Kentucky Shadows (Photo by Bonnie Moore Delong)

From the window into the Kentucky forest, where the mid morning sun shines through the trees like white gold, and shadows vibrate against the shimmer, leaves sing in the gentle breeze, fawns make a path in the dew soaked ground, baby ducks quack in the nearby pond, tree trunks standing like the limbs of a giant cricket, trampling the underbrush. But somewhere in that underbrush, they is a spot you can lay, right under the leaves, where the sunrays can tickle your skin, making you warm, but only in spots where golden white touches your skin.

POEMS Storyteller

Upside Down

One day, when a rainstorm is about to burst out of the silver gray sky. I will walk down to the beach, step into the ocean and swim out, the tropical rain forest disappearing in the mist behind me. I will dive down to the ocean’s bed, lay on my back and look up at the rain crashing into the ocean’s surface. Watch the small ripples merge into one flowing wave, marvel at the traffic of tropical fish and mammals floating by above me. Maybe I will see this world differently if I see it from the bottom up.

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In the Rainforest

In the rainforest, where the clouds hang over the trees, green and white creating a floating silver lining just above the tree tops.  Green leaves sparkle as the grey light bounce off their dew sprinkled surface, monkeys sing in response to the chatter of the parrots. In some parts of the forest, the leaves are green cold, as mother’s eye attempt to escape the clouds. The scent of the soil fills the air, nature on simmer. Straying flower petals glides through the underbrush using natures transportation, settles in the yards, on the dirt roads and on the galvanized roofs.

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Time to Daydream, island in the sun

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They do that? For Real, For Real

Really, for real, for real. You mean humans really do that, nuhhhhh, come on bro, you just pulling my leg right? What you mean, of course I have seen a human before. One of the small humans from that summer camp in the valley was relieving himself right in front of my damn door. My daddy say they always acting like they own nature. But what you telling me, nahhh, they will never do that, never I tell you. What you mean you can prove it, for real, for real? What follow you? Where we going? Oh to that summer camp? Ok ok, don’t shed your fur, I see them. Wait a second, what are those little humans doing. Oh good lord that gross, oh no that just sick, real talk. What do they call that? Kissing? Oh thats just sick. What, you want to try that with me? What, are you crazy, do I look like a crazy human to you. I mean your breath smells like a skunk’s bum. Plus, I am not trying anything them humans do. Does the big humans know the little humans do this. What, the big humans do it too. Ohhh come on, for real, for real. Oh they are just sick, sick I tell you, for real for real. Oh man, I think am going to be sick. What you doing, don’t come close to me, I don’t have to try it to know I will hate it. Back up before I get my daddy to scratch your eyes out. I am going home, sick I tell you sick.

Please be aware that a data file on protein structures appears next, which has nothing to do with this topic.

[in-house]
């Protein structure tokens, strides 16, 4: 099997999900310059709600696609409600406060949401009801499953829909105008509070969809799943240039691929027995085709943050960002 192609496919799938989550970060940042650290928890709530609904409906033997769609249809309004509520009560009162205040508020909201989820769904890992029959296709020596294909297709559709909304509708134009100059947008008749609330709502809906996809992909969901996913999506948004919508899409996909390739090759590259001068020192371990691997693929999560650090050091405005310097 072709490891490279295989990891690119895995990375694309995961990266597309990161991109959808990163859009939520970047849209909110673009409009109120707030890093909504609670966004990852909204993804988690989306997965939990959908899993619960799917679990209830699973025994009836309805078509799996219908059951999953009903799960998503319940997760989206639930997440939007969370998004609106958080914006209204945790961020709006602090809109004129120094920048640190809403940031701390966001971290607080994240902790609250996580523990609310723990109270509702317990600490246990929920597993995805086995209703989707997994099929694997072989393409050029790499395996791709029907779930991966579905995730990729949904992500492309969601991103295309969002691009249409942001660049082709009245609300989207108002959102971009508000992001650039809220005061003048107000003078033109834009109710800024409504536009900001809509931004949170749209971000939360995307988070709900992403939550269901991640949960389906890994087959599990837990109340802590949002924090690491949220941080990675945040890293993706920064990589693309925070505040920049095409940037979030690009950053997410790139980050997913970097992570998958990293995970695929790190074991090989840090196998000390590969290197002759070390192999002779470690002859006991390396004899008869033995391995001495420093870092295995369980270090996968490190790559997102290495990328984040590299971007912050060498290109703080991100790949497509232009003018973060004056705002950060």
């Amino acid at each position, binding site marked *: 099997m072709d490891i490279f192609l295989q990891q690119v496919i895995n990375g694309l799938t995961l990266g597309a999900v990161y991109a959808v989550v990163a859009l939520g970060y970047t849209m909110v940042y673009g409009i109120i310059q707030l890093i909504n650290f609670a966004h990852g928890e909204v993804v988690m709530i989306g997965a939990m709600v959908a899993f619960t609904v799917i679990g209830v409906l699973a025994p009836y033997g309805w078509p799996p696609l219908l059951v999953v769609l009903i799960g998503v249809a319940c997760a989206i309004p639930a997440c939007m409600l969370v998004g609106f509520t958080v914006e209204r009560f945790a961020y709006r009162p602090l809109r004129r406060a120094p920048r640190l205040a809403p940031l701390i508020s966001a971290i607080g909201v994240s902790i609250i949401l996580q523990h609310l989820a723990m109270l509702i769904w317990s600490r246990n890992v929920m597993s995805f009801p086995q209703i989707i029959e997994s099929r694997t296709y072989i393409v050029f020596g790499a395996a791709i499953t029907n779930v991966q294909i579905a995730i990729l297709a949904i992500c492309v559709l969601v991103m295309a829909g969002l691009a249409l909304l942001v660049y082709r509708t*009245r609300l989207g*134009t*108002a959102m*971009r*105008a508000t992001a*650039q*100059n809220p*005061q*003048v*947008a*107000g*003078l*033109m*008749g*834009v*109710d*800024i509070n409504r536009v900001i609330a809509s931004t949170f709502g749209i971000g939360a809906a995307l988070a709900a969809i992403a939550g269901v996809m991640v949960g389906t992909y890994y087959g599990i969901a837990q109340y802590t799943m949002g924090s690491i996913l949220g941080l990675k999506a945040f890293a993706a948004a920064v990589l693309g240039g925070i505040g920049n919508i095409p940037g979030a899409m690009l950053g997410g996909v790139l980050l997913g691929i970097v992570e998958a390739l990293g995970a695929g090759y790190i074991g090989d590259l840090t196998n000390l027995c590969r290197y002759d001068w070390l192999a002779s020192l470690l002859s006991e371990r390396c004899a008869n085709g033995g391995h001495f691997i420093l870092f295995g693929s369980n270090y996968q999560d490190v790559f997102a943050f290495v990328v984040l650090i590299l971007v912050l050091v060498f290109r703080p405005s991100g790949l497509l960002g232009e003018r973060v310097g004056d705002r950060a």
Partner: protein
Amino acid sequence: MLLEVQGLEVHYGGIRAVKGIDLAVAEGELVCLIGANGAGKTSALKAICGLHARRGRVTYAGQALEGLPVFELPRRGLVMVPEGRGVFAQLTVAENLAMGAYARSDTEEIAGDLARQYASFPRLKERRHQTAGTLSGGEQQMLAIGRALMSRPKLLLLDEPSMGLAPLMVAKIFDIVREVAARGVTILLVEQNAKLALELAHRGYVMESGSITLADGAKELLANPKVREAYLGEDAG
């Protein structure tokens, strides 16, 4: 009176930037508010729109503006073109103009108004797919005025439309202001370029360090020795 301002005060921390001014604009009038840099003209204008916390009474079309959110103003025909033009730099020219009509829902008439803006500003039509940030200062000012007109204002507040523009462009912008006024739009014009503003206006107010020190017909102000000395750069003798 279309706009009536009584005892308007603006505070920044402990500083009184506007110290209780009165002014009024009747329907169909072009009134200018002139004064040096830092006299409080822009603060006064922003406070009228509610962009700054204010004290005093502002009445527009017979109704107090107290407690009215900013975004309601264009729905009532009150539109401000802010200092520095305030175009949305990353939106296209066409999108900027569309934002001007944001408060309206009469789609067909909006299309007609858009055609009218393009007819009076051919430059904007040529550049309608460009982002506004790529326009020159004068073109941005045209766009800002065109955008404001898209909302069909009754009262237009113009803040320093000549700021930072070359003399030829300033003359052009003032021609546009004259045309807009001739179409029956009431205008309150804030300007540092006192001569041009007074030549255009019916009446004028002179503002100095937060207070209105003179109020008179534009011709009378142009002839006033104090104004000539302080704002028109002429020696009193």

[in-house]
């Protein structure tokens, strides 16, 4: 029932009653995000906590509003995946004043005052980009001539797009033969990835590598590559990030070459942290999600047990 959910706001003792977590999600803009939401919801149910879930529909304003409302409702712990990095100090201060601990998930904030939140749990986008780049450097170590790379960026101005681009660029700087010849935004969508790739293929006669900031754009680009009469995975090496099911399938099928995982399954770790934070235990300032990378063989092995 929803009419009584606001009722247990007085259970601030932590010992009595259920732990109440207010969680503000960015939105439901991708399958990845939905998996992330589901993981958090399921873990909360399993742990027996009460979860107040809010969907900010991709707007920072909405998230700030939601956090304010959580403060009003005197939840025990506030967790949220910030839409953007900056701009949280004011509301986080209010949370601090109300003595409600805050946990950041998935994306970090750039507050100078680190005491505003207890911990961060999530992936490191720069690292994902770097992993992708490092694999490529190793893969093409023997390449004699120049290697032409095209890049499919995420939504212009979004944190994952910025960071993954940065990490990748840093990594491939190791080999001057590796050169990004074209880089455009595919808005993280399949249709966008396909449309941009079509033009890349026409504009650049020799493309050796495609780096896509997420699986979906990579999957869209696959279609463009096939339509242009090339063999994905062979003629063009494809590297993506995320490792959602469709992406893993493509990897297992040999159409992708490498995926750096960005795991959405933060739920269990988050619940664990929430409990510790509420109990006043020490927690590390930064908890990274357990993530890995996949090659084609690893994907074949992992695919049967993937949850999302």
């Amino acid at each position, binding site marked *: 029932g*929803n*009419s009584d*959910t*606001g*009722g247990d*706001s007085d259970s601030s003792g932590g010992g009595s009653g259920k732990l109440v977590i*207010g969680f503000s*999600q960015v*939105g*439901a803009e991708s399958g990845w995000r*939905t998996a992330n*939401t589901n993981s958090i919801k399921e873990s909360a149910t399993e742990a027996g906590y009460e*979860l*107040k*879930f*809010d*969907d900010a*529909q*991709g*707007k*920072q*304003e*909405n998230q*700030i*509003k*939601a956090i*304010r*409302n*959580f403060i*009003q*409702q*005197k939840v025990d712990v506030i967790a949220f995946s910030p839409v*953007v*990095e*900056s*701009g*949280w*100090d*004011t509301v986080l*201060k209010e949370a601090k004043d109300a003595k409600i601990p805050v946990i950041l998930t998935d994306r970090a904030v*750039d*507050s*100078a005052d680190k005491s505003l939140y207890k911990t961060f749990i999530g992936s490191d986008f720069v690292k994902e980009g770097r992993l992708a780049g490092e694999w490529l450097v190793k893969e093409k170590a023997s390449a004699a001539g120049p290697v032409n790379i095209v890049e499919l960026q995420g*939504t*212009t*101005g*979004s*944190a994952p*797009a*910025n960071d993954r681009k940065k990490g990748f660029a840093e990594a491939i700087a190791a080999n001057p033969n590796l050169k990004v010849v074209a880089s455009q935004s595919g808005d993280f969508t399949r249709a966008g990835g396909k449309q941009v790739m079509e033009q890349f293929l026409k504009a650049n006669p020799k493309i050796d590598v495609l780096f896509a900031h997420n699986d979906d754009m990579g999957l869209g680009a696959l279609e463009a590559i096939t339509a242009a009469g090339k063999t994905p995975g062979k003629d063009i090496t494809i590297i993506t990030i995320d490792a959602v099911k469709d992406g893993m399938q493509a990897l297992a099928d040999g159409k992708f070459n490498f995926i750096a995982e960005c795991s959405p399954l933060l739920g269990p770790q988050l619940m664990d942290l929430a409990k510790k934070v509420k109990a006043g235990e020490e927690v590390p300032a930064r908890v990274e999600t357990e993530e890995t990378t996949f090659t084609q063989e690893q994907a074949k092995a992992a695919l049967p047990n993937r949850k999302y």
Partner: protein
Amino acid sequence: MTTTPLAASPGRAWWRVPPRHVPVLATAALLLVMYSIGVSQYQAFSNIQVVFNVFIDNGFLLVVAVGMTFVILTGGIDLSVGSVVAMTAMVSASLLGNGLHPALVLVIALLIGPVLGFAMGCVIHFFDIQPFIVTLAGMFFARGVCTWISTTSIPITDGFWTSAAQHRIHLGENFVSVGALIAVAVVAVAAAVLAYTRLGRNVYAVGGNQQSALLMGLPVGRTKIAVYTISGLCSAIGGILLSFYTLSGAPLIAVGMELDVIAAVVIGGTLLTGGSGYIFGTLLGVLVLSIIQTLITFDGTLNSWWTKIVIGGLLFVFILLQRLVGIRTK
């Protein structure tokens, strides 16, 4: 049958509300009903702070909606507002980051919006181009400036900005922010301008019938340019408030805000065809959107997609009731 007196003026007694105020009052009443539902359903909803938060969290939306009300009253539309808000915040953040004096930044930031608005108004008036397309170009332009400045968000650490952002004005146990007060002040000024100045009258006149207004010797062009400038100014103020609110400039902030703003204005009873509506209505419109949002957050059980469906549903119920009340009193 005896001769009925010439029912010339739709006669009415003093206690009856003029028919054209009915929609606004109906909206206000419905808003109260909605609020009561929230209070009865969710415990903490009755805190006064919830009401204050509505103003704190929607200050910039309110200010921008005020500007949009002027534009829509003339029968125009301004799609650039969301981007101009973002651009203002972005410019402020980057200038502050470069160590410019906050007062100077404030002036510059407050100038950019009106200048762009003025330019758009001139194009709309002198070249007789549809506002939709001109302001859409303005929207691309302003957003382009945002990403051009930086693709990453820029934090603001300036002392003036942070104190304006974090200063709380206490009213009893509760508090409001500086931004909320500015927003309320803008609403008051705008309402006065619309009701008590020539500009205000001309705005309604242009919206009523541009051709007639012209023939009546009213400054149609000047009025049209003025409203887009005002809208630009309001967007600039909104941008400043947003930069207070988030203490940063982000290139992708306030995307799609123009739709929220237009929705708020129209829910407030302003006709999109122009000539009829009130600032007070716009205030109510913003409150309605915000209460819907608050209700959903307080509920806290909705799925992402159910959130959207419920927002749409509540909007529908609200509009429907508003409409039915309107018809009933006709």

Parts Obeah Storyteller

16th installment of Obeah

Henry was in his hut when he heard the drums playing. He went to the doorway and looked out. The whole village was heading in the direction of the drums. The rhythm was slow and tantalizing, and Henry felt his heart race up, this time he would know a little of what to expect. He walked past the bonfire in the middle of the village and followed the crowd into the jungle. The bonfire lit up the village, wood popped and cracked as wind captured the sparks tossed it into the night sky. Henry stumbled and almost fell, a little girl behind him giggled and Henry turned around and smiled at her, she giggled again and ran past him. He walked into the clearing and stood looking around. Two torches lit up the dark night.

Henry stood next to Ampah and looked around at the crowd, they were all wearing white, and their faces were a strange combination of excitement and calm as they waited for the service to begin. Adofo stood in front of a pole stuck in the ground.

“That’s Poto Mitam, its where all the spirits walk,” Ampah said, Henry was surprised that the boy spoke to him. Adofo wore a white shirt cut off at the sleeves, and white pants that were cut off at the knees. He had a chicken in his hand, the bird flapped around.

“Chango, spirit of destiny, guardian of the crossroads, protector of women, we come to you for protection. We beseech you; protect Akosua as she seeks the help of the Bokors. Give us strength and health to free our people from the Ligaroos, this fowl I sacrifice to you,” Adofo said then stopped talking and began to shake. The drummers began to play faster; Adofo danced faster holding the chicken above his head, he twisted his limbs into positions that Henry thought impossible for human beings.

Adofo stopped dancing and stood quiet for a moment. The drummers slowed down, Henry heard the bonfire in the village moan as the heat intensified. A dog howled in the jungle.

“Beware of someone among you he will betray you,” Adofo said his voice a deep, raspy growl.

“Beware for he has an alliance with the Ligaroos, he was born of their kind,” Adofo said and stopped talking and fell to the ground, his body twitched causing dirt to float into the air. Ampah went to him and helped him up.

“What was that?” Adofo said, stumbled then fell. Ampah helped him up; he staggered a little, looked at the crowd and ran out of the circle.